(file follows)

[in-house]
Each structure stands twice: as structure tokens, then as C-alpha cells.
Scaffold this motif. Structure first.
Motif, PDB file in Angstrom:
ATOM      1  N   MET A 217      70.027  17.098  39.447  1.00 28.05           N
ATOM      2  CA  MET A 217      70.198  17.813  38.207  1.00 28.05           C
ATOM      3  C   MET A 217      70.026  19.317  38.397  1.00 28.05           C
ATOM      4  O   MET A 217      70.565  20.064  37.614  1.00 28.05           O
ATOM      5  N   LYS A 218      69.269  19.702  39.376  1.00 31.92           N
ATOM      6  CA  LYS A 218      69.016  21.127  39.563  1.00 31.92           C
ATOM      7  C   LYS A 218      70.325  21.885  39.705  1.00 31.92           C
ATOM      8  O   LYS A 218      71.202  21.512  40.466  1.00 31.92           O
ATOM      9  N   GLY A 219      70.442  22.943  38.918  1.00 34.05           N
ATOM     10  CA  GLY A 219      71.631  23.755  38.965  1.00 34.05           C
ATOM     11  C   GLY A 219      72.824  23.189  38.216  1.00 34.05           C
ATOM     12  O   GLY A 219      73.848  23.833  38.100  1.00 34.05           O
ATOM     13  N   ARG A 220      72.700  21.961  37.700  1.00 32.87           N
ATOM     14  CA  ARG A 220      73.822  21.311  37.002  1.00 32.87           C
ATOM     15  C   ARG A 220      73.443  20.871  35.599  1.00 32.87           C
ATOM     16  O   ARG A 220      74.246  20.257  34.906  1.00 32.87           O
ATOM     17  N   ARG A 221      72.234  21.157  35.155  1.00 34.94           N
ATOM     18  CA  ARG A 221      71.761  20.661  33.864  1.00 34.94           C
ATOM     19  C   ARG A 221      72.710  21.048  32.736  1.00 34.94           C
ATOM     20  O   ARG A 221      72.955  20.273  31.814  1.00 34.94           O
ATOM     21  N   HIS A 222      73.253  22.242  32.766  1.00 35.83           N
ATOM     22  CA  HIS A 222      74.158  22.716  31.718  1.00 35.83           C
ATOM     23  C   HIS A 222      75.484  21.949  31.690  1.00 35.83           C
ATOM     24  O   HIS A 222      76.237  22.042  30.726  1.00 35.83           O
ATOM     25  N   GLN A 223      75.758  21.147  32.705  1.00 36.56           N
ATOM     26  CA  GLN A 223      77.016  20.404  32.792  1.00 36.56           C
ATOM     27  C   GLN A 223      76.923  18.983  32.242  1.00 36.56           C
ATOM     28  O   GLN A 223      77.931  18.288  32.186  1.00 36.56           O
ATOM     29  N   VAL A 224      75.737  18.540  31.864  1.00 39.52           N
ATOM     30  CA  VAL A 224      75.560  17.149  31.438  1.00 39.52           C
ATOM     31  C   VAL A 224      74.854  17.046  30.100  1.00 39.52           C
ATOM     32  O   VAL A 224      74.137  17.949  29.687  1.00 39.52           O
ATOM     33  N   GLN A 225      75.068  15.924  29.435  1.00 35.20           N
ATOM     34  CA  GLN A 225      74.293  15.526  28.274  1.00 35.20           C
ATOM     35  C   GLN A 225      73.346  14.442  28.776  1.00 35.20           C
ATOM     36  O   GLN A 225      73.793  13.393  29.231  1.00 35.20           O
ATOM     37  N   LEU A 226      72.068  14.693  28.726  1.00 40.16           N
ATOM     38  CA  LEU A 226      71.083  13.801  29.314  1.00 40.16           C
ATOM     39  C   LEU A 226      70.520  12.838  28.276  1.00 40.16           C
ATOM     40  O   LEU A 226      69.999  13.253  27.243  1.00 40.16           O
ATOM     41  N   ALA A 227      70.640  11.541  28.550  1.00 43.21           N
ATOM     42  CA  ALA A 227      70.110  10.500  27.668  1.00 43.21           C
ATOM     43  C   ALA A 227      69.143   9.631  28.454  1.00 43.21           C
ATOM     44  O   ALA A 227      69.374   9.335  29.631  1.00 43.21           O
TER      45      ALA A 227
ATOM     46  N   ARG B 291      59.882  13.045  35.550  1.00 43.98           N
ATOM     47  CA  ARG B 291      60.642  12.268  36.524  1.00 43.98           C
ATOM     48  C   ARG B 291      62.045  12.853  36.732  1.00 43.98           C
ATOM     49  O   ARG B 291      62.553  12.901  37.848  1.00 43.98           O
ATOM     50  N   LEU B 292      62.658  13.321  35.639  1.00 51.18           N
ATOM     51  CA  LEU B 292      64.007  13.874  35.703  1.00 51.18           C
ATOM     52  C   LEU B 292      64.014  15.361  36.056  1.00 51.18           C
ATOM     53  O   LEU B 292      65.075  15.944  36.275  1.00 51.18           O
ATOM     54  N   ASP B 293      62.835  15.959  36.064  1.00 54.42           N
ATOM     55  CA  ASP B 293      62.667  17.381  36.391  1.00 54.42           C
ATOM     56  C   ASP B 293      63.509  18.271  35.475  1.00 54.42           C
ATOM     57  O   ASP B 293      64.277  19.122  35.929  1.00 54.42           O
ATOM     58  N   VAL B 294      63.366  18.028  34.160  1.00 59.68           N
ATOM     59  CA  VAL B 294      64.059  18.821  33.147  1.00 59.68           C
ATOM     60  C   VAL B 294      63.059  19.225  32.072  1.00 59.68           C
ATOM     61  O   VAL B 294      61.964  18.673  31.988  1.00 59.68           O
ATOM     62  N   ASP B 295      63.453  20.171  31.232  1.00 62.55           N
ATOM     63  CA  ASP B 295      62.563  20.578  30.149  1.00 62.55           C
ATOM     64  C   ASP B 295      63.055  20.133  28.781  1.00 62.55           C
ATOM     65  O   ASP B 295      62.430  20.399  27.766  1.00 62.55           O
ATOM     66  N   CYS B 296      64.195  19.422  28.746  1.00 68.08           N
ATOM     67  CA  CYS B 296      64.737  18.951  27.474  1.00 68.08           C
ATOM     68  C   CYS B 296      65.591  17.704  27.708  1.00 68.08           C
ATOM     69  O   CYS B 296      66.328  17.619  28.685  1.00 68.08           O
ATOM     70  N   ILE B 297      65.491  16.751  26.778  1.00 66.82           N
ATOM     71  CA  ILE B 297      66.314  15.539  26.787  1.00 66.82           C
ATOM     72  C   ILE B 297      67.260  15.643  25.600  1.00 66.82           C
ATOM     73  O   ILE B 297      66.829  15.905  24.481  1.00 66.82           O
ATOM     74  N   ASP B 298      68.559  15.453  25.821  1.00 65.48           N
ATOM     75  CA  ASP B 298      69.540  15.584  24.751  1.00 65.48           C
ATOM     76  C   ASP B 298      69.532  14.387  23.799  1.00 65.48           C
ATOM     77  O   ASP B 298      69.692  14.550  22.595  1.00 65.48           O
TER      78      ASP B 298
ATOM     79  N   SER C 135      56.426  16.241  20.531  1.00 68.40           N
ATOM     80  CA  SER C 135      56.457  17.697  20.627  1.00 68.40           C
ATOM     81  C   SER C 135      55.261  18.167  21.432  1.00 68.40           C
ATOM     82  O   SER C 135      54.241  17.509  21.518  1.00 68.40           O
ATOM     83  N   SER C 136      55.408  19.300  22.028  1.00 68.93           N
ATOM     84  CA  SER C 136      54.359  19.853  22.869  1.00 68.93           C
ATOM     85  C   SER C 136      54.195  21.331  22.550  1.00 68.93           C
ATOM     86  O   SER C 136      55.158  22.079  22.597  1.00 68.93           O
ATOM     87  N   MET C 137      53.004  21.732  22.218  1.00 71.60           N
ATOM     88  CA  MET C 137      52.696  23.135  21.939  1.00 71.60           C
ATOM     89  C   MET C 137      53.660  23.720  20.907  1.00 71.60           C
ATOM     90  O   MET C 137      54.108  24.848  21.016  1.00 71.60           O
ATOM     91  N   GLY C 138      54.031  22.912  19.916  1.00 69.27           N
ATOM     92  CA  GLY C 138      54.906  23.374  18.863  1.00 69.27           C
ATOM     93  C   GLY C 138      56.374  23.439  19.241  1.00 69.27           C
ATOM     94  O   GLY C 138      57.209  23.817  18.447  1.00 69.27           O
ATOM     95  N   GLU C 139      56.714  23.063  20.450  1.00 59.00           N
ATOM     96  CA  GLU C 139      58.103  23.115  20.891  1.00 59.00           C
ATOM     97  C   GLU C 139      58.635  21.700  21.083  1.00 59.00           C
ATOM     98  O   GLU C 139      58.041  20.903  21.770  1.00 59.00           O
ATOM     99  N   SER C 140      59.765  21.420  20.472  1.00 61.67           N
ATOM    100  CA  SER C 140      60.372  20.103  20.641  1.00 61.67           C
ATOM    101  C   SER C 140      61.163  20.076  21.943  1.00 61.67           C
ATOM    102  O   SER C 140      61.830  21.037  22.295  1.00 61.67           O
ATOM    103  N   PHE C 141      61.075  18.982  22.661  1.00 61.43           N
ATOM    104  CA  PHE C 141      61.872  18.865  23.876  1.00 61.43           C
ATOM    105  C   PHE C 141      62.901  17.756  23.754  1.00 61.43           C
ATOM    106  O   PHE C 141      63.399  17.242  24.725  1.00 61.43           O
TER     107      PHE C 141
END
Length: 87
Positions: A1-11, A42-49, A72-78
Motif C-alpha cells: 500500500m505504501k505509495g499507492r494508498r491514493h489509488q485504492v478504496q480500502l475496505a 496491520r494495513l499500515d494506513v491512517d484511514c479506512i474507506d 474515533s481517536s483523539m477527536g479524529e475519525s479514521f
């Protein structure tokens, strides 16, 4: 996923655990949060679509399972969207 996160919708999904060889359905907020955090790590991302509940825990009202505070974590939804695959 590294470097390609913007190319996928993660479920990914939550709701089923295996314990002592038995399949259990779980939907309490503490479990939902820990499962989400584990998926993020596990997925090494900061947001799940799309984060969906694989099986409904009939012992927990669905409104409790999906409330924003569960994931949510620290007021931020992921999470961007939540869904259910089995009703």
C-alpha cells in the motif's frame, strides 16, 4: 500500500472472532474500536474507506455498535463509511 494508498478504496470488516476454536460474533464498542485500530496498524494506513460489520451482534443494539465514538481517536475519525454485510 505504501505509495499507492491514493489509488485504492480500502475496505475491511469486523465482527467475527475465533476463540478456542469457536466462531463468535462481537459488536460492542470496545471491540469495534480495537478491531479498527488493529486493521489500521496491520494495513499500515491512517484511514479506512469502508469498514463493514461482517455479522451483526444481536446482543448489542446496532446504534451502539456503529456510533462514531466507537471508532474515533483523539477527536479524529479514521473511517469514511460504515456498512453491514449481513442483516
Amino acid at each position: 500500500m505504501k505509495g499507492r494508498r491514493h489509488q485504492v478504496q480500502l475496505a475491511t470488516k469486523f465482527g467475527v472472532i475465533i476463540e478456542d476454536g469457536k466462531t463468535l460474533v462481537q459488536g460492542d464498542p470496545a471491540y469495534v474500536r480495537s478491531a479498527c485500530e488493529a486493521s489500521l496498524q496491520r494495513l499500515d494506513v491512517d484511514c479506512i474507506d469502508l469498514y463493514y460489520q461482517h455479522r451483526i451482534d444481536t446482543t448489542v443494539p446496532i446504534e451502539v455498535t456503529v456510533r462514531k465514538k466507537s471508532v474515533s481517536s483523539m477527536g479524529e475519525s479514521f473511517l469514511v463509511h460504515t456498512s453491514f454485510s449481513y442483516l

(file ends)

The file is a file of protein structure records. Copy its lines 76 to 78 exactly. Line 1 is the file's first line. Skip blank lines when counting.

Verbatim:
ATOM     72  C   ILE B 297      67.260  15.643  25.600  1.00 66.82           C
ATOM     73  O   ILE B 297      66.829  15.905  24.481  1.00 66.82           O
ATOM     74  N   ASP B 298      68.559  15.453  25.821  1.00 65.48           N